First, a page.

The government plans to work toward returning the remains of 1,136 Koreans held at Yutenji Temple in Tokyo whose families have not been traced.
The government has taken a hands-off approach toward Koreans who died in Japan after being employed as forced labor by Japanese companies during the war on the grounds it had no direct employment relationship with the workers.
However, at a Japan-South Korea summit meeting in December, Prime Minister Koizumi Junichirosaid in response to a request by South Korean President Roh Moo Hyun that he would take an active approach to the collection and return of the remains.
As a result, the government has sought to identify the location of the remains, including conducting a survey of about 100 private companies believed to have used Korean forced laborers, according to the sources.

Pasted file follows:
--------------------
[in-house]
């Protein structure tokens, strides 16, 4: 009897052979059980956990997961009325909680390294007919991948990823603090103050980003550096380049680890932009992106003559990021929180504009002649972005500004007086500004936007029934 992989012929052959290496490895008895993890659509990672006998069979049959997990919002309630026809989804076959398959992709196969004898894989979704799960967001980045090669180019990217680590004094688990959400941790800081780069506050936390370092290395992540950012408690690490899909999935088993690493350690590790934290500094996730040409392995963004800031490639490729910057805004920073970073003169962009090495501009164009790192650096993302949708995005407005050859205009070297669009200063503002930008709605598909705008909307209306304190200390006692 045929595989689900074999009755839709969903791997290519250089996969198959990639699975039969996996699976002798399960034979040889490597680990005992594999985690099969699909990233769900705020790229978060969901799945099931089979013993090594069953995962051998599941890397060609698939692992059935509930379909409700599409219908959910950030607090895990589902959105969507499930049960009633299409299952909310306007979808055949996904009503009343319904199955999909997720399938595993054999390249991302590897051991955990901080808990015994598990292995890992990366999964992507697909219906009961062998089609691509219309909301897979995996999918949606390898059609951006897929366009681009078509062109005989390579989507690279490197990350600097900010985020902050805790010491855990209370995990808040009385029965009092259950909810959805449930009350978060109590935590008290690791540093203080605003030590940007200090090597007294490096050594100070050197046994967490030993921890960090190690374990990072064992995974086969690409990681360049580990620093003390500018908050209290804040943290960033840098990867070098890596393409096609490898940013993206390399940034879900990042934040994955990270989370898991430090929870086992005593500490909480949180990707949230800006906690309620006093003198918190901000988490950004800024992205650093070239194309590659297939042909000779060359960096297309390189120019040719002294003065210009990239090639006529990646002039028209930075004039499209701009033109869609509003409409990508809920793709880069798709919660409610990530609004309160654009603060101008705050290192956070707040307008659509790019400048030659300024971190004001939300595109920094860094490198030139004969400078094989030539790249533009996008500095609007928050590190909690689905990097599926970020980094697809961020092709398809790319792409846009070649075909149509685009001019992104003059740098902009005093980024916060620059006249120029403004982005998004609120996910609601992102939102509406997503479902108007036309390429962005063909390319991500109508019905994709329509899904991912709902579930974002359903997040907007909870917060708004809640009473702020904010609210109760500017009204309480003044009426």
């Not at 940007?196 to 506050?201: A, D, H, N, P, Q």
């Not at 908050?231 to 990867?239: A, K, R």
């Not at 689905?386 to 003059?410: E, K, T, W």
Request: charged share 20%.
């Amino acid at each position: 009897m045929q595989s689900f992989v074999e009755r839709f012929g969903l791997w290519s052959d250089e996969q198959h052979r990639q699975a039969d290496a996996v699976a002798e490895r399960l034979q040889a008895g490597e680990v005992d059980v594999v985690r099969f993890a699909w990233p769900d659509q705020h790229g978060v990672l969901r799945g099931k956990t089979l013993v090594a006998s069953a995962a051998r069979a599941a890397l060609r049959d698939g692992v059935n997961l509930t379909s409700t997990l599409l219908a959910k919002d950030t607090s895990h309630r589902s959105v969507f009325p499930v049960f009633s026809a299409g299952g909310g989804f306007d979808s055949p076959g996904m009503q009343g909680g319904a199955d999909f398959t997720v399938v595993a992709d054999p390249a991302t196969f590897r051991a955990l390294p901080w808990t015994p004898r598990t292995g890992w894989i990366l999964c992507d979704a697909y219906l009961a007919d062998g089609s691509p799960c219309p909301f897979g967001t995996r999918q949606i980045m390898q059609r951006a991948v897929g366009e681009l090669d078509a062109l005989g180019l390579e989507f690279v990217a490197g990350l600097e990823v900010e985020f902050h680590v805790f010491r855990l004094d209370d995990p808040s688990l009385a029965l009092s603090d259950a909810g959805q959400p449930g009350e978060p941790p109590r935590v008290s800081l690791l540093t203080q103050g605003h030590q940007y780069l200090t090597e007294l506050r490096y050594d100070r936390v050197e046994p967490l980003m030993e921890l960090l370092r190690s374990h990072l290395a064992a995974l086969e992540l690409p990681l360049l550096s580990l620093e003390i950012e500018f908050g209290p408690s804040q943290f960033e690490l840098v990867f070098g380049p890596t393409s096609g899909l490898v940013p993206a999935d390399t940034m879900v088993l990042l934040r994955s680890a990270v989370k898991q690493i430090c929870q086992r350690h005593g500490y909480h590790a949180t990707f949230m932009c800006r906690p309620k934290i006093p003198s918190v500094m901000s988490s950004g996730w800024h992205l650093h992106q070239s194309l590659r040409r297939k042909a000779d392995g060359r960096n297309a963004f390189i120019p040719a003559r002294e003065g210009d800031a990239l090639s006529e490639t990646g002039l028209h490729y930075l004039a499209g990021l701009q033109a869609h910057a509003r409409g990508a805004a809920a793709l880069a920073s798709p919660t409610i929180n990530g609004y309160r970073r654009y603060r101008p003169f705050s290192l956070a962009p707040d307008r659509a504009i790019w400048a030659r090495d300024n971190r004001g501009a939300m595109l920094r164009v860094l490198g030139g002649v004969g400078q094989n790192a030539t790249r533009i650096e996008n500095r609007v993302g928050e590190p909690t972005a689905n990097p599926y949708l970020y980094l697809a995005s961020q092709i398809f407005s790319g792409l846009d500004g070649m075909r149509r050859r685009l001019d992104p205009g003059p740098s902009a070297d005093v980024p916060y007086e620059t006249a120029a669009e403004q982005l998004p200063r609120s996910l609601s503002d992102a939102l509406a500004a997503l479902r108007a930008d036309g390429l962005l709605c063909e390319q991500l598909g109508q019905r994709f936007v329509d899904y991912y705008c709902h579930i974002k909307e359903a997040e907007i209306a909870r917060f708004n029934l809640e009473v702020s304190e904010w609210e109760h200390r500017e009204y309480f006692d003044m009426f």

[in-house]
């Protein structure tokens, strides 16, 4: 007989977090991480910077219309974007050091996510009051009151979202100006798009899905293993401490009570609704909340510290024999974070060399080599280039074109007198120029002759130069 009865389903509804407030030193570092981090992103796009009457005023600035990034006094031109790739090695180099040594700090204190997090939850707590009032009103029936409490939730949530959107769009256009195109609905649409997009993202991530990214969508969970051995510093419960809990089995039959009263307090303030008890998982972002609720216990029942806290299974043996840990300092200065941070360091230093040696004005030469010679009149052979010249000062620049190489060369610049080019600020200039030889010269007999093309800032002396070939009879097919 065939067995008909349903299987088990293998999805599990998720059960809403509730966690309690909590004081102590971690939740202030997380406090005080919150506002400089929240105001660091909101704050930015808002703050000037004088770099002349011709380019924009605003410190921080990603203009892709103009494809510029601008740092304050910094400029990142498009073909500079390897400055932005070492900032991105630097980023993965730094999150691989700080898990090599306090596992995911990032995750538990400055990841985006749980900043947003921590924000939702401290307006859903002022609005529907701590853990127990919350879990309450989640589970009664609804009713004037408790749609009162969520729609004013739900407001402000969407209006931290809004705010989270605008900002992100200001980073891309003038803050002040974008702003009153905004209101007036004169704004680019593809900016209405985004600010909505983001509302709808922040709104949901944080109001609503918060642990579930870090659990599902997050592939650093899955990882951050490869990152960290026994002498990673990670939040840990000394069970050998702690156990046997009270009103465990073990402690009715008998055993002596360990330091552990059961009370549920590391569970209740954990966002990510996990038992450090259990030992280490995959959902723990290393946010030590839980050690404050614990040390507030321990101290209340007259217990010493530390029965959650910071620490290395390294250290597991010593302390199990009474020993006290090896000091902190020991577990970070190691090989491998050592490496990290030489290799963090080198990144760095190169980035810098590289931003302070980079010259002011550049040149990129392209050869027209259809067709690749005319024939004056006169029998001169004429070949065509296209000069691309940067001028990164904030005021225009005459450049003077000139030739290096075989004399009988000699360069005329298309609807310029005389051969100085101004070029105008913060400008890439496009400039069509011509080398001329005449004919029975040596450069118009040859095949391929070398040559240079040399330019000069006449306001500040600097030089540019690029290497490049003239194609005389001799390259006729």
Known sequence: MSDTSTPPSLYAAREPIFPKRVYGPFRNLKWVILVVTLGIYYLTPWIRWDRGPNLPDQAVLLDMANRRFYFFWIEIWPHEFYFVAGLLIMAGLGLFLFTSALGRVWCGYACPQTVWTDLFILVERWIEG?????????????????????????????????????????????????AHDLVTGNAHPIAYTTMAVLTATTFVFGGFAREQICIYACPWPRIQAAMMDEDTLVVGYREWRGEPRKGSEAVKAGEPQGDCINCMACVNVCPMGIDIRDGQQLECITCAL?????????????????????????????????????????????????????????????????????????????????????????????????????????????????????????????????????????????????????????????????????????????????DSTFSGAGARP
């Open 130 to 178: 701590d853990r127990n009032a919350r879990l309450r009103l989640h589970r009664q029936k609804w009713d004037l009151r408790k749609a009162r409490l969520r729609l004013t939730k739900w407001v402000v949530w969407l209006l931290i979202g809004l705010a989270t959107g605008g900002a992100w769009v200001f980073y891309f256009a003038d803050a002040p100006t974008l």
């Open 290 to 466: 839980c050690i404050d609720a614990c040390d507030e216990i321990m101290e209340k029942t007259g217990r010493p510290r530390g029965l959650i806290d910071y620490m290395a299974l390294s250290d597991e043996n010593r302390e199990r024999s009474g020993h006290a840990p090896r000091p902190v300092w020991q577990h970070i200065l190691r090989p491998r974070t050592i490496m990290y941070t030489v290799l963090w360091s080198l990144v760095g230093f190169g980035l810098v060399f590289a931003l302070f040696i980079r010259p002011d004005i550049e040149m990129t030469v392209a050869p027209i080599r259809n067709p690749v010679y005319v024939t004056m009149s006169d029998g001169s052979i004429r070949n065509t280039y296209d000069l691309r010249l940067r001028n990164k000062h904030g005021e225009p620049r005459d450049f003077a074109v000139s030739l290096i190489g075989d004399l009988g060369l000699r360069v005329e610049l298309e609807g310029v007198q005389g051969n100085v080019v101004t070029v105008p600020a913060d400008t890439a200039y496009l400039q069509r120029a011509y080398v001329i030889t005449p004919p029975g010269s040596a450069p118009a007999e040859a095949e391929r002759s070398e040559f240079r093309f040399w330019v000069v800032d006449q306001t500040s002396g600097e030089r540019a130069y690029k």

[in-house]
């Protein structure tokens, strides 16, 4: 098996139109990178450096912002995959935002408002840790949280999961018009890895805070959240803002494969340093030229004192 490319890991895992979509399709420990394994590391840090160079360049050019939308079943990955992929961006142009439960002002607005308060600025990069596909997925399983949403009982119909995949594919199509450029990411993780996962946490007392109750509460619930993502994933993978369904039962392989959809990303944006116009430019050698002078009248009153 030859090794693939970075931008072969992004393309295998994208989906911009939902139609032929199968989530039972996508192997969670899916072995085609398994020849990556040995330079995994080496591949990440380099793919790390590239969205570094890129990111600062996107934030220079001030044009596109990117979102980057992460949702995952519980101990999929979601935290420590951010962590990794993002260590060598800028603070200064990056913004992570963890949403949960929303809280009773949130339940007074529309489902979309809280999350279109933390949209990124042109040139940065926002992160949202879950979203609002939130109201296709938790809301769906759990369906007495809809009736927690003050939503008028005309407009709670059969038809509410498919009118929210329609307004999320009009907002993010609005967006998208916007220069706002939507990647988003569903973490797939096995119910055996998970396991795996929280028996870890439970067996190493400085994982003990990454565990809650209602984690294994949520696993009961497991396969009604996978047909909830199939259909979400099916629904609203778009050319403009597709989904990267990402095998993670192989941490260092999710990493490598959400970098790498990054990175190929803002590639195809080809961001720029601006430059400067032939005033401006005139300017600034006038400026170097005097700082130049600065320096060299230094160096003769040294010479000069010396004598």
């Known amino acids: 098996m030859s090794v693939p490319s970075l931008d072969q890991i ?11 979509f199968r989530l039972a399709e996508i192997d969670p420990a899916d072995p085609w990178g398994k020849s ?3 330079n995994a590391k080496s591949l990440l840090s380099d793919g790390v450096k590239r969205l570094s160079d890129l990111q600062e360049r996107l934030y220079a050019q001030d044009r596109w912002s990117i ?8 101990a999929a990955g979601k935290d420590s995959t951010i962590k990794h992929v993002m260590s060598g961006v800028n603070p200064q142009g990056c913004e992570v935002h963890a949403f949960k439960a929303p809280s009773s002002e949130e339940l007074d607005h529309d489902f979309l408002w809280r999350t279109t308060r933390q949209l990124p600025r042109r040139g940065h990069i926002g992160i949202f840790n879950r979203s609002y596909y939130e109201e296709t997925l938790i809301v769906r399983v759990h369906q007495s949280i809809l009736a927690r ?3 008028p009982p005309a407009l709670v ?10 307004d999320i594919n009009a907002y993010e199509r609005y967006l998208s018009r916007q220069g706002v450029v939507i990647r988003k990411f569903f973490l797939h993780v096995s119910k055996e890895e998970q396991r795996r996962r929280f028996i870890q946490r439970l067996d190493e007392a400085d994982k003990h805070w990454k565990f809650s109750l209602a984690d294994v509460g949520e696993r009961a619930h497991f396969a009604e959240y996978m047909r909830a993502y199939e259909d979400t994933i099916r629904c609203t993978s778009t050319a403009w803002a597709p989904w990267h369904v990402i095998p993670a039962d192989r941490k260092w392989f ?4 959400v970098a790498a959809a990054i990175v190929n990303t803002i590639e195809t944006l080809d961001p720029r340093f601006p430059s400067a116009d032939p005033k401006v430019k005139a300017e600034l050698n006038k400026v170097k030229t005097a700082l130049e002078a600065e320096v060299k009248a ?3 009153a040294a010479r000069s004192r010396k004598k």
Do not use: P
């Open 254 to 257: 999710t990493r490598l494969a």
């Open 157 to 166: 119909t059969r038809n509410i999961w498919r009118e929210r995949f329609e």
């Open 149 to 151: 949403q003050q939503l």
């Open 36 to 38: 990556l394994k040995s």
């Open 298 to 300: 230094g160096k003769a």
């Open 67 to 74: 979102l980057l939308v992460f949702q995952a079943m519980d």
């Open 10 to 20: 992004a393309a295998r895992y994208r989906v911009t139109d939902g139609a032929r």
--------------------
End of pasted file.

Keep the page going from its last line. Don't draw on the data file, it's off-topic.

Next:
A Japan-South Korea deputy vice ministerial meeting in May will discuss concrete ways to hand over the remains, the sources said.
The government will also increase assistance to Koreans currently living in South Korea who were affected by the atomic bombings in Japan, according to the sources.
In concrete terms, the government will revise the current stipulation that A-bomb victims cannot receive health care allowances unless they submit their applications in the Japan to allow them apply for the assistance at diplomatic missions abroad, the sources said.
At a Japan-South Korean foreign ministerial meeting held in April, Foreign Minister Machimura Nobutaka said the government would consider allowing A-bomb victims living in other countries to apply for health care assistance at Japanese diplomatic missions.
The government already funds the travel and accommodation expenses of Korean A-bomb victims receiving treatment in Japan.